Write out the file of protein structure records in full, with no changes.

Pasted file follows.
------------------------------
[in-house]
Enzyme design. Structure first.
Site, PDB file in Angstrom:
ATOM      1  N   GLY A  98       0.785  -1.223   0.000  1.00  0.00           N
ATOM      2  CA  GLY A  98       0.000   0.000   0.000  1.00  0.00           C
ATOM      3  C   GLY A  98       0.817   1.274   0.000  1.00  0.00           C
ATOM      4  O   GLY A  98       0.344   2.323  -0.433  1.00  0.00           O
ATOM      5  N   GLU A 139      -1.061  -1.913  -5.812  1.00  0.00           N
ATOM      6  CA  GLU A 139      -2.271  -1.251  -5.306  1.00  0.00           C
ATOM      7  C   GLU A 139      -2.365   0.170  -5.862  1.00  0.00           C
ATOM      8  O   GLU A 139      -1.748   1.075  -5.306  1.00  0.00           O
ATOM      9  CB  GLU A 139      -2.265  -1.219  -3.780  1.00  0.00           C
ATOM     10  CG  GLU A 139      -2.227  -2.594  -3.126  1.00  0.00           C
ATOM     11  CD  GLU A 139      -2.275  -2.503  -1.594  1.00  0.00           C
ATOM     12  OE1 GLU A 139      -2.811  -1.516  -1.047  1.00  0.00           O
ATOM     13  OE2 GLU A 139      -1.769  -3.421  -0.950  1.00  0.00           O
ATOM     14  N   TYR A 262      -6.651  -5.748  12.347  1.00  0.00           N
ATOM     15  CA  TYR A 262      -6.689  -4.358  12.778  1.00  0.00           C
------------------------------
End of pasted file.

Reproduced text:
[in-house]
Enzyme design. Structure first.
Site, PDB file in Angstrom:
ATOM      1  N   GLY A  98       0.785  -1.223   0.000  1.00  0.00           N
ATOM      2  CA  GLY A  98       0.000   0.000   0.000  1.00  0.00           C
ATOM      3  C   GLY A  98       0.817   1.274   0.000  1.00  0.00           C
ATOM      4  O   GLY A  98       0.344   2.323  -0.433  1.00  0.00           O
ATOM      5  N   GLU A 139      -1.061  -1.913  -5.812  1.00  0.00           N
ATOM      6  CA  GLU A 139      -2.271  -1.251  -5.306  1.00  0.00           C
ATOM      7  C   GLU A 139      -2.365   0.170  -5.862  1.00  0.00           C
ATOM      8  O   GLU A 139      -1.748   1.075  -5.306  1.00  0.00           O
ATOM      9  CB  GLU A 139      -2.265  -1.219  -3.780  1.00  0.00           C
ATOM     10  CG  GLU A 139      -2.227  -2.594  -3.126  1.00  0.00           C
ATOM     11  CD  GLU A 139      -2.275  -2.503  -1.594  1.00  0.00           C
ATOM     12  OE1 GLU A 139      -2.811  -1.516  -1.047  1.00  0.00           O
ATOM     13  OE2 GLU A 139      -1.769  -3.421  -0.950  1.00  0.00           O
ATOM     14  N   TYR A 262      -6.651  -5.748  12.347  1.00  0.00           N
ATOM     15  CA  TYR A 262      -6.689  -4.358  12.778  1.00  0.00           C